Salinity & Productivity: Is There a Link? Impact of Climate Change in Coastal Areas of Bangladesh

Principal Investigator

Research Area: Climate Change

Donor Agency: J-PAL (K-CAI), and PEDL

Geographical Location: Khulna, Bangladesh 

Timeline: April 2022 to June 2023

Status: Ongoing (Preparatory stage)

Principal Investigator

Dr. Abu S. Shonchoy of Florida International University

Project Area

Khulna, Bangladesh

Project Background


The objective of this study is to understand the public health and economic effects of salinity intrusion. The study may help us to explore the consequences better—facilitating appropriate planning for adaptation and mitigation of climate change in the coastal areas of Bangladesh.


Globally about 600 million people are dwelling in low-elevated coastal zones, those will soon be a victim of progressive salinization—due to climate change-induced sea-level rise. We know from available research that sea level may be elevated by a meter or more by the end of the twenty-first century—potentially making one billion people vulnerable. While climate change research predominantly focused on inundation and damages from surges and hurricanes, slow and steady threats like salinity from seawater intrusion could be another vital terror worth consideration. Groundwater salinity has important consequences on livelihoods and could potentially create public health hazards through its impacts on agriculture, aquaculture, infrastructure, coastal ecosystems, and the availability of fresh water for household and commercial use.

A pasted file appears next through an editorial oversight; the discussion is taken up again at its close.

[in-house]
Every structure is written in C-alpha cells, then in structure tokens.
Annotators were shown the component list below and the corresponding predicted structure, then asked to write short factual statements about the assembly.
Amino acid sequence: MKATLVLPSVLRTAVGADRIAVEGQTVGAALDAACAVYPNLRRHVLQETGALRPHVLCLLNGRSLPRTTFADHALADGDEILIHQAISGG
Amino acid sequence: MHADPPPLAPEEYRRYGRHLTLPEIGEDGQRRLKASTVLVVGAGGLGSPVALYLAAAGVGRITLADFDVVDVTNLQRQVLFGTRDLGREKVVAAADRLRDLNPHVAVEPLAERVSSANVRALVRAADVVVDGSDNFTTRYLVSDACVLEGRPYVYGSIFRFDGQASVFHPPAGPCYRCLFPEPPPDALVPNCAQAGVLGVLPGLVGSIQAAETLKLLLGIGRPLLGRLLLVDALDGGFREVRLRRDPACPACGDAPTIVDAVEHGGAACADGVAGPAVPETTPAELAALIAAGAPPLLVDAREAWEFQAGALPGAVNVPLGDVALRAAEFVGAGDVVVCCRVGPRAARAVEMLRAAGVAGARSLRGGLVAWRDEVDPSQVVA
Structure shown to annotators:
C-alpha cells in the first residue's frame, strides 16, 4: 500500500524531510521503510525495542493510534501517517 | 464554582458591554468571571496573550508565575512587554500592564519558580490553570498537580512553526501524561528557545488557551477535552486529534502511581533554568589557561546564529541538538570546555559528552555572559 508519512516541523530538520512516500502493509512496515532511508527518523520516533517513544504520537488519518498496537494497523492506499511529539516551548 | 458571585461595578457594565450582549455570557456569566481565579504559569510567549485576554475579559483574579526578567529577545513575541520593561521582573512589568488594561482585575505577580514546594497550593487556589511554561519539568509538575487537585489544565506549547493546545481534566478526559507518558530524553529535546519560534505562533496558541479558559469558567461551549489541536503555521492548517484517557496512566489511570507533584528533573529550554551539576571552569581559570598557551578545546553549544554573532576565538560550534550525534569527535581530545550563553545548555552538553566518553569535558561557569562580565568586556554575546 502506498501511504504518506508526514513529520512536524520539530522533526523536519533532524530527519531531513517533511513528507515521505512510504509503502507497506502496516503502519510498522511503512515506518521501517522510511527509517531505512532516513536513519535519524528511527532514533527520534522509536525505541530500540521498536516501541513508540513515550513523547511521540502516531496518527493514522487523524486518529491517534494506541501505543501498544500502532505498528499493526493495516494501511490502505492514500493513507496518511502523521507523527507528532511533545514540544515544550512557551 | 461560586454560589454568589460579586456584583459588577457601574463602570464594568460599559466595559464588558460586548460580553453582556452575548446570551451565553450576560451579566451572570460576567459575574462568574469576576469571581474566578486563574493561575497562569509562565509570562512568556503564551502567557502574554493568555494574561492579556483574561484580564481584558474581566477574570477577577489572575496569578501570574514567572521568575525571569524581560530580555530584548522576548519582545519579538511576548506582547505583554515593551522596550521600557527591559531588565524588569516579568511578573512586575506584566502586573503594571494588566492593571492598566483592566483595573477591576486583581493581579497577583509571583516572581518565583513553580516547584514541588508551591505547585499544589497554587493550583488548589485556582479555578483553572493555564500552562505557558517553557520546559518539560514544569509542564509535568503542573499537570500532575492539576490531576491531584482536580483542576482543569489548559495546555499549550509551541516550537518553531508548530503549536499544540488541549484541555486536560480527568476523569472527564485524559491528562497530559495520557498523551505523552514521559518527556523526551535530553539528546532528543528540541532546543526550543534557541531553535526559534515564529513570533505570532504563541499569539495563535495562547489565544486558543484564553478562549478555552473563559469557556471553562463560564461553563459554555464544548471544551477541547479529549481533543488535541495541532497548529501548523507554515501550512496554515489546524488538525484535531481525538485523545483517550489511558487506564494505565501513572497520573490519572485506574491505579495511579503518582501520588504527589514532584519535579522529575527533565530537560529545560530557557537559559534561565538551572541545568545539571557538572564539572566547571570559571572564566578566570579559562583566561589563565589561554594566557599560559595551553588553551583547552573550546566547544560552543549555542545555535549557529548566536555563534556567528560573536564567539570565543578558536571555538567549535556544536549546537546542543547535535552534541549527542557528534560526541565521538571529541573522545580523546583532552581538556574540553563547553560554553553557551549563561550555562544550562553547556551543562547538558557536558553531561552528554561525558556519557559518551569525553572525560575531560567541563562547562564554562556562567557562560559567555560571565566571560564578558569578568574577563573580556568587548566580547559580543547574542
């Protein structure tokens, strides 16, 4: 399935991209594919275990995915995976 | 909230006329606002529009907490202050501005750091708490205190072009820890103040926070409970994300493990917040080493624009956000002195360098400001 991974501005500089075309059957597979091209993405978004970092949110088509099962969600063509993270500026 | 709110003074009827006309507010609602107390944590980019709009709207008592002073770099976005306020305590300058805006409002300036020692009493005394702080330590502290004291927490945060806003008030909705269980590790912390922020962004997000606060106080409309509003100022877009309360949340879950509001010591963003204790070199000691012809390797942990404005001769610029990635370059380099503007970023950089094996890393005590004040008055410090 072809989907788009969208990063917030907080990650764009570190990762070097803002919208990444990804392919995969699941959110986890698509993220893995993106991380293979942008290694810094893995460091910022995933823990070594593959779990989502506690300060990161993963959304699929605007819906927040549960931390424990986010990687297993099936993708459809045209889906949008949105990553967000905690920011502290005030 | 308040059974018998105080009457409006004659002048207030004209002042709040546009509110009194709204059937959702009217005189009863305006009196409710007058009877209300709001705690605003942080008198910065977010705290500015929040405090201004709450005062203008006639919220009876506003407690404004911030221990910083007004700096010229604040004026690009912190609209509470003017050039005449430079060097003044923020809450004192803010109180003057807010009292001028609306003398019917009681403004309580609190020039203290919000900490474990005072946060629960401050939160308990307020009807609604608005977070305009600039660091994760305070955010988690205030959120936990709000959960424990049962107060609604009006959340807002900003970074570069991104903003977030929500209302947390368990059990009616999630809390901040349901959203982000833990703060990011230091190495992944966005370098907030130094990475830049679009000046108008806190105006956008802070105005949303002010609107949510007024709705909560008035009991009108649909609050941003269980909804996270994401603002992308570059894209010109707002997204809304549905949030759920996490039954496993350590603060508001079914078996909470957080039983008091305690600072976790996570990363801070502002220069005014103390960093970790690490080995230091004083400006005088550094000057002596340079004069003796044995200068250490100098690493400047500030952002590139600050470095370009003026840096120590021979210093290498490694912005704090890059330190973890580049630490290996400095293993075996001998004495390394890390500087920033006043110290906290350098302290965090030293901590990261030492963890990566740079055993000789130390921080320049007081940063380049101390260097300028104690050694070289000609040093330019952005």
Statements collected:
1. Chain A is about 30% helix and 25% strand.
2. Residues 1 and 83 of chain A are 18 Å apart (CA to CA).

Project Description

Methods: Multi-methodology has been designed for this study. These are quantitative data collection, qualitative data collection, and salinity measurement in a scientific method.

Description: We have collected drinking water salinity data from 20 Jutes mill from Khulna & Bagerhat districts. We have also collected salinity data from 80 households of jute mill workers in the same areas. We have also obtained permission from the Bangladesh Jute Spinners Association to conduct the study to their affiliated factories. Besides, we have obtained positive consent from six jute mills to conduct the study at their factories. Now our plan is to conduct a year-round comparative study to measure the variation of productivity and health status in comparison to salinity. We will also randomize 600 jute mill workers from six jute mills and collect high frequent health data and water salinity data for the research.  

Findings: The research project is now at the preliminary stage, we will publish the findings from time to time.